For holiday job seekers hoping to land work that ultimately becomes permanent, opportunities will be limited. And with the official kick off of the shopping season two weeks away, competition for holiday jobs will remain stiff.
Target’s Calumet City store has received roughly 1,500 applications for 40 to 60 seasonal positions – the typical number hired for the holidays at Target stores, said Latessa Conner, the store’s Executive Team Leader for Human Resources.
Target expects to hire more than 92,000 seasonal workers nationally, up slightly from last year.
“We get tons of applications that we review daily,” said Terrell Howard, Store Team Leader in Calumet City.
That’s not surprising to hiring experts.
“There are more candidates in general, and those that are out there are more highly skilled,” said Erin Peterson, Recruitment Process Outsourcing Practice Leader at Aon Hewitt in Chicago. “Right now, more than ever employers have plenty of people to choose from.”
At River Oaks Mall in Calumet City, the mall had no trouble drawing applicants for a single guest services representative position to be filled by mall management, said spokeswoman Rhonda Hunter. The mall received as many as 75 applications for that one position, which Hunter, contends paints a picture of the state of the economy.
“It says that people need jobs,” she said. “We have students. We have people with master’s degrees. We have it all,” she noted of resumes mall management received.
The latest government reports show the unemployment rate at 9.8 percent in the Chicago area.
Target’s Howard said he has seen more people this year “asking about permanent employment, what is our process for that. I’ve gotten that question more this year than in previous years.”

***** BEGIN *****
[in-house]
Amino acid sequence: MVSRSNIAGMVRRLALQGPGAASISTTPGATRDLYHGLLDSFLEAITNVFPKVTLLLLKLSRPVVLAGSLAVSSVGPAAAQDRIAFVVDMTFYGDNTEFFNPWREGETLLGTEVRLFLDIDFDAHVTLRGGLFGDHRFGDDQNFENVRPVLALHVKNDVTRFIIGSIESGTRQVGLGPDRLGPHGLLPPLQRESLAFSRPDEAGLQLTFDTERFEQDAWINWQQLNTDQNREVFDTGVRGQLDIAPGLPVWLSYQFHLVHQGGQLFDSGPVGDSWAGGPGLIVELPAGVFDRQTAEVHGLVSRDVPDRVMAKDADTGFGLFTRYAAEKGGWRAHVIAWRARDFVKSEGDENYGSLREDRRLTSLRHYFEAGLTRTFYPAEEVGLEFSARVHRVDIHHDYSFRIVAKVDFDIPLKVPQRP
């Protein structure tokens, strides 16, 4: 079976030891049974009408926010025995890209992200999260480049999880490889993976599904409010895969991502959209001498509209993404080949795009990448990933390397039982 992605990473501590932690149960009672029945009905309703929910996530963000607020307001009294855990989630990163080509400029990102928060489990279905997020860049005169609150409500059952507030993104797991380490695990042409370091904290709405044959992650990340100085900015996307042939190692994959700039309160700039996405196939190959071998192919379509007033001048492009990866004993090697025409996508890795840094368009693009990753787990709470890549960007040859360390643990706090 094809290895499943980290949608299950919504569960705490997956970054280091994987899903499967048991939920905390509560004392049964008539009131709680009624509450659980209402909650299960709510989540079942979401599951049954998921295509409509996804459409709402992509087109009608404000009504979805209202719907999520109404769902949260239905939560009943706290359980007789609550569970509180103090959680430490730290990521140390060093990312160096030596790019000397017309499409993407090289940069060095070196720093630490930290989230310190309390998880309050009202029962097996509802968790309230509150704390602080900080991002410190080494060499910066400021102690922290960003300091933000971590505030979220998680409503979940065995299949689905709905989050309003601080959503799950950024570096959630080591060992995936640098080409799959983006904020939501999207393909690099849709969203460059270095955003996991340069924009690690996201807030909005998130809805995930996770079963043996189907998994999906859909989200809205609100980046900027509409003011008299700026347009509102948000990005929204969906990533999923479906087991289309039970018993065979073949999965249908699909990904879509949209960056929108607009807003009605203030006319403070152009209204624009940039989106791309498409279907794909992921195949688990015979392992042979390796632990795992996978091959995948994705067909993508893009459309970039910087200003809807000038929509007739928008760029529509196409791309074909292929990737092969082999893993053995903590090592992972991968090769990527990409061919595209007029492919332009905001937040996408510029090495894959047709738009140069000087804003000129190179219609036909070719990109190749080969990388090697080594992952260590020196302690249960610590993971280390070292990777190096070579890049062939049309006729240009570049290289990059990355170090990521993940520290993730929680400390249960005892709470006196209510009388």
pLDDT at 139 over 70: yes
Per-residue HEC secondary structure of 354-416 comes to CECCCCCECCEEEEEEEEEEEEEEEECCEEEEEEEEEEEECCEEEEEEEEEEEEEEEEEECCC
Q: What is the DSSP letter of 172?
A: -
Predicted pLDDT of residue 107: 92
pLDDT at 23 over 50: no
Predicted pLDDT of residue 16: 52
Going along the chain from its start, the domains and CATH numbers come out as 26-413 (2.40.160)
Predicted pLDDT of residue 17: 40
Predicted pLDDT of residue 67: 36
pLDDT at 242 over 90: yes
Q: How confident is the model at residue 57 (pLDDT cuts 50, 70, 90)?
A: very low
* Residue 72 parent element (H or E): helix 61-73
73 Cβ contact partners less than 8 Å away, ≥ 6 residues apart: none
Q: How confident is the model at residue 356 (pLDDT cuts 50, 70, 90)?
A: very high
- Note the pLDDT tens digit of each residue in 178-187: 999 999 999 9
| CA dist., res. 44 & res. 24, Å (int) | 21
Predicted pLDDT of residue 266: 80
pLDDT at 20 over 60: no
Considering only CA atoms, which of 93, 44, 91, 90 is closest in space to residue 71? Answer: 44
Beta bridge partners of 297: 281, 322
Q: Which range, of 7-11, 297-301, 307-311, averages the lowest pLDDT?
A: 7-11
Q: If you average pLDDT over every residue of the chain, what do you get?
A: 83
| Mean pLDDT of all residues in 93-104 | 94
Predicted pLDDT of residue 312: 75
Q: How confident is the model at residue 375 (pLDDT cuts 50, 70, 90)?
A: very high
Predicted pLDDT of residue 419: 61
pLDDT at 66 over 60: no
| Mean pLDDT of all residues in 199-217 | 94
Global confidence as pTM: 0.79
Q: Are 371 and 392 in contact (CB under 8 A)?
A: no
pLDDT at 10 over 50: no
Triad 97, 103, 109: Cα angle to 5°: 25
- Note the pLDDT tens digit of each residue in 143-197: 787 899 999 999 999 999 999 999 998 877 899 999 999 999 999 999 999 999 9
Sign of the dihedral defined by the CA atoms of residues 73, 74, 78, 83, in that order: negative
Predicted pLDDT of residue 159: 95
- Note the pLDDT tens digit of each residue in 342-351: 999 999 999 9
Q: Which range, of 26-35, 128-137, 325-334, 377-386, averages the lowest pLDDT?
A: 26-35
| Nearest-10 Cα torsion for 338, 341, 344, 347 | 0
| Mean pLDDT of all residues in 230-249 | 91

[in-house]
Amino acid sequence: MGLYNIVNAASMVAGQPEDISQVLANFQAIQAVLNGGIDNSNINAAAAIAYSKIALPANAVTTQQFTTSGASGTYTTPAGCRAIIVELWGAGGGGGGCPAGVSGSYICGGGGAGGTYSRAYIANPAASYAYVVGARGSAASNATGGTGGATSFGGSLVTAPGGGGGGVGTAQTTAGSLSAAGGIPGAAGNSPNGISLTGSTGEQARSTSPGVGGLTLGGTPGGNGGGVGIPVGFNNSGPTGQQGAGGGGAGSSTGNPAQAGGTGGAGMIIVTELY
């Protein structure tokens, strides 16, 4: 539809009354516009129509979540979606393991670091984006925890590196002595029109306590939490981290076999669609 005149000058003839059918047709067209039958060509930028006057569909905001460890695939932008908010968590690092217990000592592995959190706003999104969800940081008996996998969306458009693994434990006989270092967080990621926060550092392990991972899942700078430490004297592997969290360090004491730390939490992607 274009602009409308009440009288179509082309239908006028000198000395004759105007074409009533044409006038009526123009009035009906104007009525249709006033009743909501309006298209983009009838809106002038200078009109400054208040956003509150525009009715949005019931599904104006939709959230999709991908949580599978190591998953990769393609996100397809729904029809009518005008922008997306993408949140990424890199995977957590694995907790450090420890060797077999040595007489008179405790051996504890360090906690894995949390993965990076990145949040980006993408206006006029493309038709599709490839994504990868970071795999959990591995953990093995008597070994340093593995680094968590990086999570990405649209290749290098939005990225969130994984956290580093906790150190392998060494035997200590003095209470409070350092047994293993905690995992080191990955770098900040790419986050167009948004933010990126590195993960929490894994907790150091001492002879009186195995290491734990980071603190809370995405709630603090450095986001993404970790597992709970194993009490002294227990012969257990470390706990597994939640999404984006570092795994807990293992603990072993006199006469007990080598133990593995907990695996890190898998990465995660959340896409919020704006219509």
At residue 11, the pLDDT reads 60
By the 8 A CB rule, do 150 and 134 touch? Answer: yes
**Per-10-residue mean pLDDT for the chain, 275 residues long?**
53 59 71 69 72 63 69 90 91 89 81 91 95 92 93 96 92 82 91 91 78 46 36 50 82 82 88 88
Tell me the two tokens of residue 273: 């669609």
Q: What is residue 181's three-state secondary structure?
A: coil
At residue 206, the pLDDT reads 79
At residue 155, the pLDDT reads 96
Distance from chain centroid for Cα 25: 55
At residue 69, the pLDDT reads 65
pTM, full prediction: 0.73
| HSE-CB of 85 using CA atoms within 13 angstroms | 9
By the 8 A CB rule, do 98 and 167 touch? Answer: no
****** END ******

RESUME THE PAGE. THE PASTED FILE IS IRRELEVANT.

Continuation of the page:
It’s possible for Target’s seasonal jobs to turn into permanent positions, but it’s not typical, Howard said.
At Toys R Us, which plans to hire more than 40,000 employees nationally, including more than 1,300 at its roughly 30 stores in the Chicago market, seasonal work has sometimes led to permanent jobs. Spokeswoman Jennifer Albano said roughly 10 percent of the seasonal workers hired last year are still with the company.
Macy’s spokeswoman Andrea Schwartz said “seasonal employment is a good opportunity for an associate to experience our company’s culture and for the company to assess an associate’s skills.” She added many year-round employees started out as seasonal associates.
Macy’s plans to hire 78,000 seasonal workers, up 4 percent from last year. The retailer, which has 18 stores in the Chicago area, is looking for staff for its call centers, distribution centers and online fulfillment centers as well as sales support staff.
The National Retail Federation expects retailers to hire 480,000 to 500,000 seasonal workers this year, compared to 496,000 hired last year and 637,000 hired in 2007 before the recession kicked into full gear.
UPS plans to hire 55,000 seasonally workers nationally, including more than 2,600 in the Chicago area to work as driver helpers, package sorters, loaders and unloaders. The national number is up from the 50,000 UPS hired in 2010.
The vast majority of UPS seasonal hires are part-time workers making $8.50 an hour or higher depending on the job, according to UPS spokeswoman Natalie Godwin. Driver helpers make nearly $13 an hour, and tractor-trailer drivers make about $16 an hour, she said.
FedEx plans to hire 20,000 people nationally this season. Average hourly compensation for part-time package handlers is $8 to $11 an hour, according to spokeswoman Carla Boyd.
A survey released by CareerBuilder this month found most employers who responded planned to keep holiday hiring on par with 2010, but more were planning to bump up pay. The survey found 53 percent said they will pay $10 or more per hour to seasonal staff. That’s up from 48 percent last year. Fourteen percent said they will pay $16 or more an hour, up from 9 percent.
Those in the market for seasonal work need to get going, said Rick Parker, a senior vice president at Snagajob, which released a holiday hiring survey in September. He noted hiring managers who responded said they expected to have nearly half of their hiring wrapped up by the end of October.
Many employers plan to complete hiring by the end of this month, although some plan to hire into December.